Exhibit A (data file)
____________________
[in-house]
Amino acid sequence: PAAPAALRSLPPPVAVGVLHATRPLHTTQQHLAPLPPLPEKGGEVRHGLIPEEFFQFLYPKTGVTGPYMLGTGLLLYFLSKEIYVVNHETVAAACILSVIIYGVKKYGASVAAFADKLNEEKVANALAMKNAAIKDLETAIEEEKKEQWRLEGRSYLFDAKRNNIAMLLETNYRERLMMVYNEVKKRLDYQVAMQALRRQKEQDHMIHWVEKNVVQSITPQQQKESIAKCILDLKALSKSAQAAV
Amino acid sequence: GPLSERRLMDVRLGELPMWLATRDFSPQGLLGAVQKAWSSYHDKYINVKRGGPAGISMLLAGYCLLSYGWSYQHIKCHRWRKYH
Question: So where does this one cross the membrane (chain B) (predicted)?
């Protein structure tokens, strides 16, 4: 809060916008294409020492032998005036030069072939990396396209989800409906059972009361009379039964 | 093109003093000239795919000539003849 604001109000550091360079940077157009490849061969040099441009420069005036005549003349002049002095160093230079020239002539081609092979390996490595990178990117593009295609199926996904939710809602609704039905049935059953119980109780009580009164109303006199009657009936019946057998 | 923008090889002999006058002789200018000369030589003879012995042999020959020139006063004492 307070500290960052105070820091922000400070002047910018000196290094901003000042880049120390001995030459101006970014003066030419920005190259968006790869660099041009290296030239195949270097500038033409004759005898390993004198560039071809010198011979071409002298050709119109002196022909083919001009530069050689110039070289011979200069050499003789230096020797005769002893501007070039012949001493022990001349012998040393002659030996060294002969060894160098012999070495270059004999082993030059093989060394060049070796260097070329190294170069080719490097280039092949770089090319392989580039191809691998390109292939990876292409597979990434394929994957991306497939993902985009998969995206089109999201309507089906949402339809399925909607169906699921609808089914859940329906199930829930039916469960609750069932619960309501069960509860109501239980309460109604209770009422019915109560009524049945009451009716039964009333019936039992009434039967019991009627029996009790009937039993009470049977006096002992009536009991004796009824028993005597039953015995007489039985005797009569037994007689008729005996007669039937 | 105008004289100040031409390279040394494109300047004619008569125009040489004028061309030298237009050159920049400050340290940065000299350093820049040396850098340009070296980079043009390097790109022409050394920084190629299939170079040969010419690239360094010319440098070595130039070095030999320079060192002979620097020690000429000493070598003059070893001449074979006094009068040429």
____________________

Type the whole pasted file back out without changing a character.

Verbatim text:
[in-house]
Amino acid sequence: PAAPAALRSLPPPVAVGVLHATRPLHTTQQHLAPLPPLPEKGGEVRHGLIPEEFFQFLYPKTGVTGPYMLGTGLLLYFLSKEIYVVNHETVAAACILSVIIYGVKKYGASVAAFADKLNEEKVANALAMKNAAIKDLETAIEEEKKEQWRLEGRSYLFDAKRNNIAMLLETNYRERLMMVYNEVKKRLDYQVAMQALRRQKEQDHMIHWVEKNVVQSITPQQQKESIAKCILDLKALSKSAQAAV
Amino acid sequence: GPLSERRLMDVRLGELPMWLATRDFSPQGLLGAVQKAWSSYHDKYINVKRGGPAGISMLLAGYCLLSYGWSYQHIKCHRWRKYH
Question: So where does this one cross the membrane (chain B) (predicted)?
């Protein structure tokens, strides 16, 4: 809060916008294409020492032998005036030069072939990396396209989800409906059972009361009379039964 | 093109003093000239795919000539003849 604001109000550091360079940077157009490849061969040099441009420069005036005549003349002049002095160093230079020239002539081609092979390996490595990178990117593009295609199926996904939710809602609704039905049935059953119980109780009580009164109303006199009657009936019946057998 | 923008090889002999006058002789200018000369030589003879012995042999020959020139006063004492 307070500290960052105070820091922000400070002047910018000196290094901003000042880049120390001995030459101006970014003066030419920005190259968006790869660099041009290296030239195949270097500038033409004759005898390993004198560039071809010198011979071409002298050709119109002196022909083919001009530069050689110039070289011979200069050499003789230096020797005769002893501007070039012949001493022990001349012998040393002659030996060294002969060894160098012999070495270059004999082993030059093989060394060049070796260097070329190294170069080719490097280039092949770089090319392989580039191809691998390109292939990876292409597979990434394929994957991306497939993902985009998969995206089109999201309507089906949402339809399925909607169906699921609808089914859940329906199930829930039916469960609750069932619960309501069960509860109501239980309460109604209770009422019915109560009524049945009451009716039964009333019936039992009434039967019991009627029996009790009937039993009470049977006096002992009536009991004796009824028993005597039953015995007489039985005797009569037994007689008729005996007669039937 | 105008004289100040031409390279040394494109300047004619008569125009040489004028061309030298237009050159920049400050340290940065000299350093820049040396850098340009070296980079043009390097790109022409050394920084190629299939170079040969010419690239360094010319440098070595130039070095030999320079060192002979620097020690000429000493070598003059070893001449074979006094009068040429």